Knight And Day review

Tom Cruise and Cameron Diaz reunite in action-comedy Knight & Day, which finally arrives in the UK. Has it been worth the wait?

James Mangold might not be the most well known director in the world, but he does have some well known films under his belt, such as Walk The Line and 3:10 To Yuma. But how will his latest film, Knight And Day, featuring Tom Cruise and Cameron Diaz shape up?

Well, if you’ve seen the trailer for Knight And Day, you’ll know that it represents a distinct change in both style and pace for Mangold, which is sometimes a good thing, like when Christopher Nolan took the plunge with Batman.

Unfortunately, James Mangold hasn’t been so fortunate with Knight And Day, which is a film probably best described as something Michael Bay and McG might come up with if they ever decided to combine their creative talents and do a film together.

The premise of Knight And Day is simple: Roy Miller, played by Cruise, is an American agent on the run from the a pack of corrupt federal agents headed up by Peter Sarsgaard’s character, Fitz.

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Miller has in his possession a valuable piece of technology that the government wants. He meets June Havens (Cameron Diaz) at an airport and uses her to smuggle the technology through customs.

As you’d expect, the feds are surveilling Miller at this point and, obviously not satisfied with nipping the situation in the bud, decide to put both Miller and June on the same flight together, and this, unsurprisingly, is where the action begins.

And if you’re after action, Knight And Day has it in bucket loads. Within the first fifteen minutes there are knife fights, snapped arms, oodles of classic Cruise smuggery and even a plane crash.

Amidst the action of the first fifteen minutes, though, something else becomes immediately apparent. This film is also meant to be a comedy. So, technically speaking, Knight And Day is an action-stroke-rom-com-stroke-thriller film, which kind of sounds like it’s trying to do too much. And, unfortunately, it is.

The plot, which concerns an everlasting energy source, the ramifications of its disclosure, government black ops and conspiracy has the potential to be very interesting, indeed. In fact, it actually sounds like a good film on paper.

Instead of running with this interesting subject, Knight And Day, to its detriment, focuses wholeheartedly on the milk curdling romance between its two protagonists, Roy and June. 

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Obviously, there’s nothing wrong with this. Just look at the Bourne films. They’re action-packed, and the first two films also manage to fit in an unlikely love affair between Jason and his female counterpart, Marie, and all without losing track of the story or point of the film.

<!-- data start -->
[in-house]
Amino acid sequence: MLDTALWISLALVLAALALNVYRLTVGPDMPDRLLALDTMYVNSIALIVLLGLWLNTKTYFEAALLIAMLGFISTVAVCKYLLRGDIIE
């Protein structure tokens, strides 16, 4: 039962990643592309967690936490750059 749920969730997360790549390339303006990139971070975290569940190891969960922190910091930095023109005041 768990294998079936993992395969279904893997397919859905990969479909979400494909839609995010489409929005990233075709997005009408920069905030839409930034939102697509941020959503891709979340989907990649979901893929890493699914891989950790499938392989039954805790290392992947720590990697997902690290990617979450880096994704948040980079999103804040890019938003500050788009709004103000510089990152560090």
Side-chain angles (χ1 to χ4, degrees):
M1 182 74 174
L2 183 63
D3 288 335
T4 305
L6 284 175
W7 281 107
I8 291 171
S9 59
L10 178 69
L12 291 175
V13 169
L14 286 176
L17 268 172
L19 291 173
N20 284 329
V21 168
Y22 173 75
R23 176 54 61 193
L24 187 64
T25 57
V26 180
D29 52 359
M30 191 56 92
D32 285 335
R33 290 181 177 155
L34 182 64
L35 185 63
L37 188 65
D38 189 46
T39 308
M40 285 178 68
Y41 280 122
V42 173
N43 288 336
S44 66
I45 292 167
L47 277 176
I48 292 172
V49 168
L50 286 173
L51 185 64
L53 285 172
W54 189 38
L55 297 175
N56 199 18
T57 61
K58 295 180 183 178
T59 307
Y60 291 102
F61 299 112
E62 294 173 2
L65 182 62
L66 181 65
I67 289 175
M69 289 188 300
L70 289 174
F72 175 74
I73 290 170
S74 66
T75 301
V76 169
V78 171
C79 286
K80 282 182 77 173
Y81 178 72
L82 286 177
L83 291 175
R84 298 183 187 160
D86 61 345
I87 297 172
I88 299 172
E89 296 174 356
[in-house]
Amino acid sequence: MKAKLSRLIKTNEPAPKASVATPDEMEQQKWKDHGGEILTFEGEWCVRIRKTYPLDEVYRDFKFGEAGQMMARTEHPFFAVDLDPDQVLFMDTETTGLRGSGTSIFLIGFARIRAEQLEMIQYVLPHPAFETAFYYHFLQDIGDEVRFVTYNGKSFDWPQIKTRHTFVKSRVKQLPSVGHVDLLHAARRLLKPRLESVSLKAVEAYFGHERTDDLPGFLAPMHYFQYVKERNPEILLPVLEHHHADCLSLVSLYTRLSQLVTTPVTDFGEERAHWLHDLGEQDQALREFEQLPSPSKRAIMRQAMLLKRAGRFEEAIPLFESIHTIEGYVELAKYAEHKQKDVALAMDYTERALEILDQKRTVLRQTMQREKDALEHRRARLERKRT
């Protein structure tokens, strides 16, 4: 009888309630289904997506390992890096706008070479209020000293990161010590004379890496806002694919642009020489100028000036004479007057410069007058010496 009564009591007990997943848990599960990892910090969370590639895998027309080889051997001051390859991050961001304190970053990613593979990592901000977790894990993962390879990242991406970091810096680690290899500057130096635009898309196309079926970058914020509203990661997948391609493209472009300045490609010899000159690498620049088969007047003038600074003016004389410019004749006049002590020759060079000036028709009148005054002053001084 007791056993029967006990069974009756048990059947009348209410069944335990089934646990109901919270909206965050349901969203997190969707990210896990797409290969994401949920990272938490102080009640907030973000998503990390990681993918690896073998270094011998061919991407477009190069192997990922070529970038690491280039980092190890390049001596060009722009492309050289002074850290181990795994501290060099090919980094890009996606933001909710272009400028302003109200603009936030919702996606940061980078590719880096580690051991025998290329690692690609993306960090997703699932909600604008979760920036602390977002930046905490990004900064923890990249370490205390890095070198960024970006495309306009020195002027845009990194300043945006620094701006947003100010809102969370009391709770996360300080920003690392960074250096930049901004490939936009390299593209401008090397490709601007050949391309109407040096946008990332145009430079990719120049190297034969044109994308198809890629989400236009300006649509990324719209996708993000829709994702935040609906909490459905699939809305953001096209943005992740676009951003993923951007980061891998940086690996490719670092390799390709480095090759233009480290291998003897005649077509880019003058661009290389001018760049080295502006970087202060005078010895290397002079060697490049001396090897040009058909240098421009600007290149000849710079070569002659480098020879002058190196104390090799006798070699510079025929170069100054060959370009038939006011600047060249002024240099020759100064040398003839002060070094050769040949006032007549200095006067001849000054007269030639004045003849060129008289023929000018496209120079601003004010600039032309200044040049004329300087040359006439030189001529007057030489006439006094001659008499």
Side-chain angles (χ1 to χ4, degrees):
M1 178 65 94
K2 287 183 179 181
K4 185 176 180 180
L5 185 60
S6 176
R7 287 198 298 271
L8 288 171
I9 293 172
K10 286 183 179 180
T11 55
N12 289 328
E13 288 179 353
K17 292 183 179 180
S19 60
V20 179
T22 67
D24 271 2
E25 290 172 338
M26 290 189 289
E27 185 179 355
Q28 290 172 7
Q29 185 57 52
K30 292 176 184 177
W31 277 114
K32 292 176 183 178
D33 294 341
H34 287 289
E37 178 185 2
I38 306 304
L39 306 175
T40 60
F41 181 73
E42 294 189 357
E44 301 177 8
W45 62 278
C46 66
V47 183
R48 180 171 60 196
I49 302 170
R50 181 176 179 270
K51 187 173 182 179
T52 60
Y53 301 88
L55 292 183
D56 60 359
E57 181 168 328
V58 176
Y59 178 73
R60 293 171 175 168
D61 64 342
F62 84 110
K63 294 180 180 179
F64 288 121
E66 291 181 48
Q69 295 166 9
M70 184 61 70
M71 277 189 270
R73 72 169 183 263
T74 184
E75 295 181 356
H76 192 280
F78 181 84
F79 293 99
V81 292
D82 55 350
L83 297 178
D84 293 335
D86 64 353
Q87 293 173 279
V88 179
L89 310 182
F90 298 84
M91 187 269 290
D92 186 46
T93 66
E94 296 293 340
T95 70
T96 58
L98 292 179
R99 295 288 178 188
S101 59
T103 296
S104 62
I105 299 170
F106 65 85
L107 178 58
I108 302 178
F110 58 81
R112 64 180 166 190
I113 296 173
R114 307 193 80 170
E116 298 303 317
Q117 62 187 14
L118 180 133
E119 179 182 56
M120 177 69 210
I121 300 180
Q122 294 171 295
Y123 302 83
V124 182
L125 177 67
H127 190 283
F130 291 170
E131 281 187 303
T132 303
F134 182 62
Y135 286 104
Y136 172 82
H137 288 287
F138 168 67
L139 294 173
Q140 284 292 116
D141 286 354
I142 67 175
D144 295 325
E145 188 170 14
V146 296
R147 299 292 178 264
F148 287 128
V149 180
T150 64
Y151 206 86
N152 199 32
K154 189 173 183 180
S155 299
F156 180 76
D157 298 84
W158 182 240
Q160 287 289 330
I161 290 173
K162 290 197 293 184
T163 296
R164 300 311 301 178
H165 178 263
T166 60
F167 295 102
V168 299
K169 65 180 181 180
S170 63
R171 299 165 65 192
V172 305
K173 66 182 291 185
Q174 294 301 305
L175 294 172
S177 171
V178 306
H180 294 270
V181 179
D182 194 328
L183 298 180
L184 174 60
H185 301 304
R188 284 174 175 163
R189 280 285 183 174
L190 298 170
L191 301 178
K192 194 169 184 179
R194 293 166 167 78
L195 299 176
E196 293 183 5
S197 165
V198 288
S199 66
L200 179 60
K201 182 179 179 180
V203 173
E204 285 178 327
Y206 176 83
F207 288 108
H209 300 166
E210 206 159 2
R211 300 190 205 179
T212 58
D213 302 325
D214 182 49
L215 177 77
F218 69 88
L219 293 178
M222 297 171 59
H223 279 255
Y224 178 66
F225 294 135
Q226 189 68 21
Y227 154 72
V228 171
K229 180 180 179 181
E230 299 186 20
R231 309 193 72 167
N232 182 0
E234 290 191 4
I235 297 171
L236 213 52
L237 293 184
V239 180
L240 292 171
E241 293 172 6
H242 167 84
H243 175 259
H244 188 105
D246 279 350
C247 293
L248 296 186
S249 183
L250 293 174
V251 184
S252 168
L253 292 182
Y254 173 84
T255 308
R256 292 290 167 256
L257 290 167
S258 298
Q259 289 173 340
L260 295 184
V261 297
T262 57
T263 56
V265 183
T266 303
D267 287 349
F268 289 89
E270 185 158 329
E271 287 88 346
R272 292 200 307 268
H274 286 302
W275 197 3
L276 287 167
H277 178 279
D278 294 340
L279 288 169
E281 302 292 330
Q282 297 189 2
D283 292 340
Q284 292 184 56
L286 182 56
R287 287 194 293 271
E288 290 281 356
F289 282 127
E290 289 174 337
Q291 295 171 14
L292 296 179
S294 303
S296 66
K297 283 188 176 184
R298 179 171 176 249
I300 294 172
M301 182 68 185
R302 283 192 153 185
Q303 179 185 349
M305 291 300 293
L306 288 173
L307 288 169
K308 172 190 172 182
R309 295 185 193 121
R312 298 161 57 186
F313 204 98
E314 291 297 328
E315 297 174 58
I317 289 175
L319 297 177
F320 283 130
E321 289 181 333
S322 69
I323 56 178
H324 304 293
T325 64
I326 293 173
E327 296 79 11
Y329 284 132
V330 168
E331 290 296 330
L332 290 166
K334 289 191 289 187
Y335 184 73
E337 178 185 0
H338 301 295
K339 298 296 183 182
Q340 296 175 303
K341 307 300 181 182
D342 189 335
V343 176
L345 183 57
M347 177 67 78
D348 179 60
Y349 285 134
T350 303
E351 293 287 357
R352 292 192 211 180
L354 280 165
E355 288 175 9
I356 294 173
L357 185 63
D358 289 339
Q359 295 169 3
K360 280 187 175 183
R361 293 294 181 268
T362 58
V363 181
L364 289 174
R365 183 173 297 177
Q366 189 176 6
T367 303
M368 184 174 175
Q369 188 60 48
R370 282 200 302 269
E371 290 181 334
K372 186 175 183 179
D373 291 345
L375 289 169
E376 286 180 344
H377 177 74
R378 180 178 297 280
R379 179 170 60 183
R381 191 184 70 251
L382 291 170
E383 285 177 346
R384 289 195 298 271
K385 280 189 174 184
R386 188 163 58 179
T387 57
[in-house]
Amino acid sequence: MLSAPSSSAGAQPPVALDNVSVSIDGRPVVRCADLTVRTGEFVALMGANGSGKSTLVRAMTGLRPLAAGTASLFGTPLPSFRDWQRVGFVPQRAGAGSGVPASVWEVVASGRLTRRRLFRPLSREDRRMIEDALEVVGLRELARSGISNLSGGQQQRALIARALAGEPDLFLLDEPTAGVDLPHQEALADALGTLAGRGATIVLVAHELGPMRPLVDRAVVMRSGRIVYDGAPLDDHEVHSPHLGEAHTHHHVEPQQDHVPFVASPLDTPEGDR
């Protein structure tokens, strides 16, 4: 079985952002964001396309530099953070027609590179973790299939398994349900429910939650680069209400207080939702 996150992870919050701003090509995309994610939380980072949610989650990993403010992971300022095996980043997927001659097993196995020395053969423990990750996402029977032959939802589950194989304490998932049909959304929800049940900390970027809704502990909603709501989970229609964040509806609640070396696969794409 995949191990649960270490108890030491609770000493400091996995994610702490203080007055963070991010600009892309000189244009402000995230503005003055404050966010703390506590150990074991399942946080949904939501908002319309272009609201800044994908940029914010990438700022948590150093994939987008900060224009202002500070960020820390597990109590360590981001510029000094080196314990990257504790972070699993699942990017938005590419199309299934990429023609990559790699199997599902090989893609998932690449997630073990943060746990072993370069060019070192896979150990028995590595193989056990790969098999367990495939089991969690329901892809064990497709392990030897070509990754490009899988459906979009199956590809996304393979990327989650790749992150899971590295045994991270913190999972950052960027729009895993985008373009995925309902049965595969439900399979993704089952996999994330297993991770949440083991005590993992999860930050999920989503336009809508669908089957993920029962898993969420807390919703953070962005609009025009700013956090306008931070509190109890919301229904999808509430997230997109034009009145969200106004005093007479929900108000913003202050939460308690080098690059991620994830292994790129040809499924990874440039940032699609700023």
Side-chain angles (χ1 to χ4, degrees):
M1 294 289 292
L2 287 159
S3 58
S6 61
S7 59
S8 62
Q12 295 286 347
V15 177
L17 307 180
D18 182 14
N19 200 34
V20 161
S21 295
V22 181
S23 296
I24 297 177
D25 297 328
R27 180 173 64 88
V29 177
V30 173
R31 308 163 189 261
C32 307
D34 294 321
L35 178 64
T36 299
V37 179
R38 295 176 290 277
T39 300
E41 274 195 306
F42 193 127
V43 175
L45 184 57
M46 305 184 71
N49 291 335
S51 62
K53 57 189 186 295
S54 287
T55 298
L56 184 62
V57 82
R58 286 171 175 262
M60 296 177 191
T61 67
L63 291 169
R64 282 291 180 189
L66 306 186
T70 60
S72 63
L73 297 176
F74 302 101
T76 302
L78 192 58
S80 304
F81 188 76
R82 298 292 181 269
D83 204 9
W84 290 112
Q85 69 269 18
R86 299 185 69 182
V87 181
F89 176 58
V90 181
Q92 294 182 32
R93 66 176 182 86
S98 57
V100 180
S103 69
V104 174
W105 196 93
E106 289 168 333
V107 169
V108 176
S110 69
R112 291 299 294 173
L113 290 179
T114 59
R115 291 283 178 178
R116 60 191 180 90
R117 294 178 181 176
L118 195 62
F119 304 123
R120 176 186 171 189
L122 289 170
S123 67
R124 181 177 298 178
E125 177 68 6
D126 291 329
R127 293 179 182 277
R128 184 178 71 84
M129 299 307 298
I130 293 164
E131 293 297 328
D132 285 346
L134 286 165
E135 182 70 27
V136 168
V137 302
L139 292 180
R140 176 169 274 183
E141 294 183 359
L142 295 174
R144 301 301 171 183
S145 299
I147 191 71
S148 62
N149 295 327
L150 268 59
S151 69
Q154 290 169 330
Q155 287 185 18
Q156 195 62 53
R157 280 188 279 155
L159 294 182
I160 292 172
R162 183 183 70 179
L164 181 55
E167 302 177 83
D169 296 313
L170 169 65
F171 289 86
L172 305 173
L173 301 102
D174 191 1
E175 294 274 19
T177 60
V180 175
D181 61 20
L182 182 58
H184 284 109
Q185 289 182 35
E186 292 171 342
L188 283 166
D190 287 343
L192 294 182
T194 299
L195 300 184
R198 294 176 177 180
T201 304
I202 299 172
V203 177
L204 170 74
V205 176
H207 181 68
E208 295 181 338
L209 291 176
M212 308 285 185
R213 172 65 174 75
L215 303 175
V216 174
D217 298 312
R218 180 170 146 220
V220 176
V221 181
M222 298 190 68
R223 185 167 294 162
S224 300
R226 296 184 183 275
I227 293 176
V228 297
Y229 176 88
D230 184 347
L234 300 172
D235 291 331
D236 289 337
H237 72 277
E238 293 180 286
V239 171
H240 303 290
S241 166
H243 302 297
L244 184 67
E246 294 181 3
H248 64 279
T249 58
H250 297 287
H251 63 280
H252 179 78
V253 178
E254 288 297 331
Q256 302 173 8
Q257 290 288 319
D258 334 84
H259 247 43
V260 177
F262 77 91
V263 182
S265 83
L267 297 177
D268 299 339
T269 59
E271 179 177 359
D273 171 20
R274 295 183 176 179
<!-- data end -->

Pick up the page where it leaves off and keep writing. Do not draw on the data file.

But Knight And Day isn’t a Bourne film and after about thirty minutes it becomes so cheesy that you begin to squirm in your seat and pray for a stray bullet to introduce some much needed tragedy into the hyper-glossy nonsense that forms the bulk of this film.

Nevertheless, the film does have some potential. For one, the cast is reasonably strong featuring There Will Be Blood‘s Paul Dano as Simon Feck, the scientist responsible for creating the everlasting energy cell, and Peter Sarsgaard as Fitz, the corrupt federal agent who is attempting to kill everybody involved in the conspiracy so he can sell the technology to the highest bidder.

Unfortunately, none of these more than capable actors are used to their full potential and the film maintains its thoroughly one dimensional, ‘Will Tom Cruise nail that really hot annoying woman?’ slant right up to the end credits.

The other characters and their back stories, as well as the actual technology, which is an interesting topic in itself, are neglected and simply serve as a means to enable some action, or explosions, or fighting, or car chases. Again, you get the idea…

But, on the plus side, if you like action, Michael Bay films and think Mission Impossible 2 was loads better than Brian De Palma’s infinitely superior original, then you’ll probably absolutely love the balls-out action of Knight And Day.

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However, if you prefer your action with a bit of supporting substance, like a story or a smidgeon of character development, then you should probably stay well clear of Knight and Day. It’sbasically like sitting through a peculiar experiment where some bright spark thought it’d be a good idea to take all the worst aspects of Charlie’s Angel‘s and Mission Impossible 2 and combine them in a new film, call it Knight and Day, and hope no one notices. Consider them rumbled.


2 out of 5